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How to Contest Different Types of Will

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Did you know there are different types of Will? There are, and that means there can be different ways of contesting them.

Normally, the grounds for contesting a will are:

  • Incapacity – the person making the will was not of the right mind
  • Lack of knowledge or approval – they did not understand what they were signing
  • Invalidity – the will was not drawn up correctly, or was not signed in the right way
  • Undue influence – someone has interfered with the making of the will, coercing the person making it to change it
  • Fraud – the signature on the will has been forged
  • Reasonable financial provision – beneficiaries to the estate have a right to it but have either not been named in the will or adequately provided for.

Contesting a Living Will

A Living Will is also known as an advanced decision. In it, the individual expresses their wishes to refuse medical treatment in future.

This advance decision is legally binding meaning those caring for the individual must follow their instructions (although it is only used once you lose capacity to make decisions yourself).

The Living Will must be specific about the circumstances under which the person making the Will would not want specified treatment. It must also be clear whether they want to receive the treatment, even if refusing it would lead to their death.

A Living Will cannot be used to request to end a life, only to refuse certain treatment.

Many of the same grounds for contesting a regular Will could apply to a Living Will, such as lack of capacity, lack of knowledge or approval, or undue influence. You cannot, however, contest a Living Will simply because you disagree with what is written in it.

Contesting a Holographic Will

A holographic will is a Will that the person making it has handwritten and signed themselves. These kinds of Wills are still legally binding, providing they are compliant with Section 9 of the Wills Act (1837):

  • The Will must be written and signed by the person making it, with the intention of creating a valid Will
  • Two people must witness this signature, and then sign the Will themselves.

Challenges to a holographic Will can be made on the grounds outlined above. It is usually the case that a holographic Will may be more likely to contain errors which make it invalid or create a full of partial intestacy (where a gift set out in the Will fails because it does not work). It is always better to seek professional, legal guidance or input.

Contesting a Forged Will

Obviously, if you believe a Will is forged, then these are the main grounds on which you will contest it. Generally, a forged Will is one that is made without the deceased’s knowledge, however it may also be fraudulent because the signature on it is forged.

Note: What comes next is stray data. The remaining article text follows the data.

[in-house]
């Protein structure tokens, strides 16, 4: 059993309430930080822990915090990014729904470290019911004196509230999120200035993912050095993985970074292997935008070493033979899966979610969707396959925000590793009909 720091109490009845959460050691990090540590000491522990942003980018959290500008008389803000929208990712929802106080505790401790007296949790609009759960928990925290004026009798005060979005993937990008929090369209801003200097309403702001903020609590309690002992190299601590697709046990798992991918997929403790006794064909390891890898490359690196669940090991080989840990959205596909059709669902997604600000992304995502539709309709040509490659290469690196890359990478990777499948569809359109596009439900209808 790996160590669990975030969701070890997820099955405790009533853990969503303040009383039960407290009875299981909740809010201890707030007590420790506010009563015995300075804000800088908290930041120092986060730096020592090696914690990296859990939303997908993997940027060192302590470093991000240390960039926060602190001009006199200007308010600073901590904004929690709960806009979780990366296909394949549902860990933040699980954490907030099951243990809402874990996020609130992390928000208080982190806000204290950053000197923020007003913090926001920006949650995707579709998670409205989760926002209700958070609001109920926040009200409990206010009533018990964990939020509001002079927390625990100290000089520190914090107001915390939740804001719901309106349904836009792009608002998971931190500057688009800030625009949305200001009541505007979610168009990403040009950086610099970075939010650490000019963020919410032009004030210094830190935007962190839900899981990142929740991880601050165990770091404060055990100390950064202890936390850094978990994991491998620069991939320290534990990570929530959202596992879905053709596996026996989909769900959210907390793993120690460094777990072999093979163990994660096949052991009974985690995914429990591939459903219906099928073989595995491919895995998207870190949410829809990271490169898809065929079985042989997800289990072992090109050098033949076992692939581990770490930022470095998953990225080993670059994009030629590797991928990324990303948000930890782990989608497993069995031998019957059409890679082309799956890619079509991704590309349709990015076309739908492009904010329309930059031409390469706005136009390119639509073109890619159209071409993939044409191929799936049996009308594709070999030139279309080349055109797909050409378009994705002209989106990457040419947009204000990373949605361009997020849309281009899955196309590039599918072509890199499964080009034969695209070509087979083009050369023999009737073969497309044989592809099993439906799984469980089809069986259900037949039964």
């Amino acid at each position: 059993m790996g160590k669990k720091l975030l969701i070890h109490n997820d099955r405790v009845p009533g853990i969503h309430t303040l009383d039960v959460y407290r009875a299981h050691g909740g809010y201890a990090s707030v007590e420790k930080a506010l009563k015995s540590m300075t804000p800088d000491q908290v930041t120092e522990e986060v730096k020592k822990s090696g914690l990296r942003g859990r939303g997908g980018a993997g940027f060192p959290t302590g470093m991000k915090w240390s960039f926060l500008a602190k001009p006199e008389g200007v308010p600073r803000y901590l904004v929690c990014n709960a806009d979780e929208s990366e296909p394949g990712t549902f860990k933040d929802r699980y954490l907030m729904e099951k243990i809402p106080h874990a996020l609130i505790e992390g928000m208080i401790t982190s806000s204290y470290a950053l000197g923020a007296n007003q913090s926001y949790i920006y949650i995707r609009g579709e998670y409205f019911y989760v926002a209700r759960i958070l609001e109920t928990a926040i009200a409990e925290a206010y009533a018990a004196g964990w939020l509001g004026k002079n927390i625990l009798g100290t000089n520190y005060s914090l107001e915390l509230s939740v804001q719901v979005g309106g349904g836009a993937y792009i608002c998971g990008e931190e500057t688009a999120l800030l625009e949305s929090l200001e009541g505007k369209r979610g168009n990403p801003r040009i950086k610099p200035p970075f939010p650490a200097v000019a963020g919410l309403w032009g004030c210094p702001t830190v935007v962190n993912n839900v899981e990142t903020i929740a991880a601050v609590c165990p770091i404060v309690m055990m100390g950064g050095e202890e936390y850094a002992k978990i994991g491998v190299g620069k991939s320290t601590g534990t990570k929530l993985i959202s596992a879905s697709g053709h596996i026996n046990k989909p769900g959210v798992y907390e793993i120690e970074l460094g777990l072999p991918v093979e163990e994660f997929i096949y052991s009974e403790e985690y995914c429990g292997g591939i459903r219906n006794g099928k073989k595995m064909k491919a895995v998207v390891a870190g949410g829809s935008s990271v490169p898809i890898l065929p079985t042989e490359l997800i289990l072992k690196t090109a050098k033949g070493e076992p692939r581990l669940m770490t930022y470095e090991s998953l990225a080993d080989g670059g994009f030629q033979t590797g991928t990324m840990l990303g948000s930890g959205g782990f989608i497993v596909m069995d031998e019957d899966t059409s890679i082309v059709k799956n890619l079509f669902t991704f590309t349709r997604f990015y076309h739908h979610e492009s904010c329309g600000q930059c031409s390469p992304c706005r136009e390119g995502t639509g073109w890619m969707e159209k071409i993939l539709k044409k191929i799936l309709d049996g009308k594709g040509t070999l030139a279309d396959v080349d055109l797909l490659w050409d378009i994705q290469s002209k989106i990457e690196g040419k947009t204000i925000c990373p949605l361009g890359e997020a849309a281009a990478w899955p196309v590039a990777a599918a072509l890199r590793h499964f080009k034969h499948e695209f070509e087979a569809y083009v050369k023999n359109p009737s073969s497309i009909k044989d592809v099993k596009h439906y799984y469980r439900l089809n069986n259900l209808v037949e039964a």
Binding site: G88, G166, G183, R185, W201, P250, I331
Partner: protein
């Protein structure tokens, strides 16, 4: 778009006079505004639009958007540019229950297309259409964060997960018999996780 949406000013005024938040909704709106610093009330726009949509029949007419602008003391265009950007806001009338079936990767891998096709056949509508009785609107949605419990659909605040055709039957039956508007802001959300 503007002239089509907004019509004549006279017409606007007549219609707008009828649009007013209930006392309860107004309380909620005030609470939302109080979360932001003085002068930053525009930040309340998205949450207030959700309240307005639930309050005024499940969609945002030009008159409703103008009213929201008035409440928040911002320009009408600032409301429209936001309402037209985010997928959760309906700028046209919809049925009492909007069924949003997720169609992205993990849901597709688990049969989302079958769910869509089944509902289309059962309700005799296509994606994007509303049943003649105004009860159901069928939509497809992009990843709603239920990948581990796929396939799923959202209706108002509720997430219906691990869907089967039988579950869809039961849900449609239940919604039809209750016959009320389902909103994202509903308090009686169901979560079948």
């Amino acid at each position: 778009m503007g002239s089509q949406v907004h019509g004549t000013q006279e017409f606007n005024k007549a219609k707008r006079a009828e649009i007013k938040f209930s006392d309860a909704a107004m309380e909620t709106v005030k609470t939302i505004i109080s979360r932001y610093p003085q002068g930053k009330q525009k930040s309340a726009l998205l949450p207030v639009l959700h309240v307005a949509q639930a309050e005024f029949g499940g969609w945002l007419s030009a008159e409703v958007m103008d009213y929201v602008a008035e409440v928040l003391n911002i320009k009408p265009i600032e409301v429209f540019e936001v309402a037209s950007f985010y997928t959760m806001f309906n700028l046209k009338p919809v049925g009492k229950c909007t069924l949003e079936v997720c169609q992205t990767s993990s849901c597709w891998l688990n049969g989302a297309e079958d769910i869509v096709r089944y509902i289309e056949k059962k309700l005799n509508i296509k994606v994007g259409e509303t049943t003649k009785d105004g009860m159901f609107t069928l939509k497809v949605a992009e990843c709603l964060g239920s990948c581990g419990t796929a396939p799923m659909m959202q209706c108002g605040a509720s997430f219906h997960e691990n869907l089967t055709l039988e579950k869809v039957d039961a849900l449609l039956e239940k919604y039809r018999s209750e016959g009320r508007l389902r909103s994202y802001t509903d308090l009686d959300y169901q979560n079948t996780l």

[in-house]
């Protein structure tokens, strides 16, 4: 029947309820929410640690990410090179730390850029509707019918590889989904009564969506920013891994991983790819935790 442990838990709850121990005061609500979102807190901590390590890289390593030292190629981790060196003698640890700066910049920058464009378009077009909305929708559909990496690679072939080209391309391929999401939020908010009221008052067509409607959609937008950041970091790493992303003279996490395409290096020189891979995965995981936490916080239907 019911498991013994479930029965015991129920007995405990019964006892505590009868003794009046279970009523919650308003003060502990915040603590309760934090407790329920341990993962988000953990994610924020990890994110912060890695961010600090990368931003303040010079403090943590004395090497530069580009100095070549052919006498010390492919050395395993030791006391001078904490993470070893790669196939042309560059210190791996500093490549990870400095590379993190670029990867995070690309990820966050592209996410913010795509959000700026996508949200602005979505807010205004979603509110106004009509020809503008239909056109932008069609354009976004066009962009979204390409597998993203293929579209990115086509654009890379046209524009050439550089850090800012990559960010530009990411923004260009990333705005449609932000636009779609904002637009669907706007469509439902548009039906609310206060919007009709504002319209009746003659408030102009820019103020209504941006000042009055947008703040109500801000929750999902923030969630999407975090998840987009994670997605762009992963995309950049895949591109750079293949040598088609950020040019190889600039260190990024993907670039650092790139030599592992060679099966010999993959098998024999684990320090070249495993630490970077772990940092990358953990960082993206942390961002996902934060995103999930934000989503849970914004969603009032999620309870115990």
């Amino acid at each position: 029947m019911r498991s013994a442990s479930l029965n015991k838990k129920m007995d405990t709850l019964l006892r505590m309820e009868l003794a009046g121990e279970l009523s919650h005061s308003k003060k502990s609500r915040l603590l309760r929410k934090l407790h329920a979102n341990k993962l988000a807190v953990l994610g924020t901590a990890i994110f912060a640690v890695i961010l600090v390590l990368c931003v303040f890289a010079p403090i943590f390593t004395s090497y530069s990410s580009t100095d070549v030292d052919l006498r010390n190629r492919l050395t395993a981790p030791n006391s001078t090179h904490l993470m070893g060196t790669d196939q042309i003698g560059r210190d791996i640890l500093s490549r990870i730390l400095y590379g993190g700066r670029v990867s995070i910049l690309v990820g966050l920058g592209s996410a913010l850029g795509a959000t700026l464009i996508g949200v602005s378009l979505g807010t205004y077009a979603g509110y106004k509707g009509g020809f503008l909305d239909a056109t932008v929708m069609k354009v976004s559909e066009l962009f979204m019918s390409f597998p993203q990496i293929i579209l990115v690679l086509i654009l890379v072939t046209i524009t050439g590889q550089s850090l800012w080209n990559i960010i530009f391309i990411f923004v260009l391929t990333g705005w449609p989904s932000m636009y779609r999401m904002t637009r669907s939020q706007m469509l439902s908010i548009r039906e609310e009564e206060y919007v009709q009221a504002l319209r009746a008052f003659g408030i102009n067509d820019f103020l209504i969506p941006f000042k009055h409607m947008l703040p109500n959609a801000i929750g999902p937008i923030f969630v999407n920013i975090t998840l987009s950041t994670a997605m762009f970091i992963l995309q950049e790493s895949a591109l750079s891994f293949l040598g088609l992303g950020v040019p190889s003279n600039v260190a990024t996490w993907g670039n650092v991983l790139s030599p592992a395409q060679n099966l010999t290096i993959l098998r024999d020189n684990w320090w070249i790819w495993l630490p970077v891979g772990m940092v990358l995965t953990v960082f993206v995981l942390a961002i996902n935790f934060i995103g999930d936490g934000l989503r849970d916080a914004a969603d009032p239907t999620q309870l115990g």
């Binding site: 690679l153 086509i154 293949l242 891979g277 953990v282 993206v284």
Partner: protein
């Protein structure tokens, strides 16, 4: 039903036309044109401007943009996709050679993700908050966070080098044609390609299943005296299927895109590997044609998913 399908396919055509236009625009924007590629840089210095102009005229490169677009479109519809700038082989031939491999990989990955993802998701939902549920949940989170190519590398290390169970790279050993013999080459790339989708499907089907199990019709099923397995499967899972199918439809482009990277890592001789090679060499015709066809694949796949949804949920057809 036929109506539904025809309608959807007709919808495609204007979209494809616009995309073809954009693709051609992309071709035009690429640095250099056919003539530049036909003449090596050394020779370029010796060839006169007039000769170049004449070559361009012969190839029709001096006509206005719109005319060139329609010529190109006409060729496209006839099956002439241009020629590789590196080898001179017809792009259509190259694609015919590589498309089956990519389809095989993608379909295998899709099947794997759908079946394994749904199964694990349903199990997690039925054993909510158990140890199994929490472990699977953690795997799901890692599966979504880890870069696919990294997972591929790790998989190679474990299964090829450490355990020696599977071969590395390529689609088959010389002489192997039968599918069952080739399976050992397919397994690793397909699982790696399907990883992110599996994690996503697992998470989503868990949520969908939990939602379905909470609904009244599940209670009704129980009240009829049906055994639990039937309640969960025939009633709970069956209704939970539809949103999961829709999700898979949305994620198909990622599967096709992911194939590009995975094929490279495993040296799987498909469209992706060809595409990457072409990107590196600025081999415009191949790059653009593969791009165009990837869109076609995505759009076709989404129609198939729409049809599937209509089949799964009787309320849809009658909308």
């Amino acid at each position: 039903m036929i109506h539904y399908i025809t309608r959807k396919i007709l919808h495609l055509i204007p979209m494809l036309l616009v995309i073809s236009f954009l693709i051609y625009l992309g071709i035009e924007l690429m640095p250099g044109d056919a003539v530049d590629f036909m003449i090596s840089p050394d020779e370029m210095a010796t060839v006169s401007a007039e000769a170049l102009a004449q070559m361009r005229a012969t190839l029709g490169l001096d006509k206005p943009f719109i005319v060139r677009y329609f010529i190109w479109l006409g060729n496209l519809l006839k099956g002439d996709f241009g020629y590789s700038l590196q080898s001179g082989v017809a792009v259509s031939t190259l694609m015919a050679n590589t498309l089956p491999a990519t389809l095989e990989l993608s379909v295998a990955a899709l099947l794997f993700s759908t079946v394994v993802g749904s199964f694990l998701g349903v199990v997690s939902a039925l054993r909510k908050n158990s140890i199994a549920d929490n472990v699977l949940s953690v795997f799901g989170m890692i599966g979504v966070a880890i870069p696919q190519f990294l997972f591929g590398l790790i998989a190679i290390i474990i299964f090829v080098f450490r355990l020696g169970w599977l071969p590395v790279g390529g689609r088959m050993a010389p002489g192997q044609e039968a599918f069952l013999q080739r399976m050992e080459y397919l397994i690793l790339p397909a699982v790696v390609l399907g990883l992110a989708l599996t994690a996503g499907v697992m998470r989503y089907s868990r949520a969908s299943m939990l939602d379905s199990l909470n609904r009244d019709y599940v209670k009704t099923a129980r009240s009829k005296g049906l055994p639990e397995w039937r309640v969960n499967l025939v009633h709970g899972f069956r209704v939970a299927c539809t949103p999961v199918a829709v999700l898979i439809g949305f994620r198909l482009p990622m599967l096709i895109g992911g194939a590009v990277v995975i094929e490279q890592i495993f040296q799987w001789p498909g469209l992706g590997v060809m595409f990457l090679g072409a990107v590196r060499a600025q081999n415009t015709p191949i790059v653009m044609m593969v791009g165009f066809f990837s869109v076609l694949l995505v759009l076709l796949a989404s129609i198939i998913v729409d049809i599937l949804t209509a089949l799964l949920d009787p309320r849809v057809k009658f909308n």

Will forgery can be hard to prove legally, so evidence is critical.

There are typical warning signs to alert you to the possibility a Will is forged, such as:

  • Sudden changes to a Will, or the making if a new type-written Will when previously solicitors have always been used
  • An unusual signature for the testator on the Will
  • Witnesses who are not known to the testator and who may not in fact exist
  • A Will that is out of keeping with a previous pattern of Will-making by the testator

To a certain extent, initial feelings you have about a forged Will may come down to instinct, but to prove it will require evidence.

This can mean acquiring copies of previous Wills; obtaining evidence from the people who supposedly witnessed the Will and seeking expert handwriting evidence as to whether the testator’s signature is genuine or not.

Contesting a Will with a No Contest Clause

A no contest clause in a Will is also known as a forfeiture clause. Essentially, a no contest clause states that the beneficiary will forfeit their inheritance if they challenge the Will.

This can raise the stakes should you decide to contest a Will, since you stand to lose everything if your challenge is unsuccessful. Therefore, before contesting a Will, check whether it contains a no contest clause.

However, the presence of this clause does not prevent you contesting a Will on any of the grounds we have listed. But what it does mean is that you should be sure of a watertight case, with solid evidence, before proceeding.

If you can prove that the Will is invalid, then this would mean the no contest clause would no longer apply.

For advice on this topic, talk to your solicitor – we recommend that they are a specialist Contentious Probate lawyer such as Jennifer Laskey. Alternatively, feel free to call us for a FREE initial discussion, or fill in our online contact form.

Jennifer Laskey

Posted:

Jennifer Laskey

Partner

Jennifer is a Solicitor and Partner with 21 years experience advising clients in relation to litigated Will disputes. A Legal 500 recognised lawyer, Jennifer is a full member of ACTAPs and has resolved multi-million pound disputes for clients in Courts across England.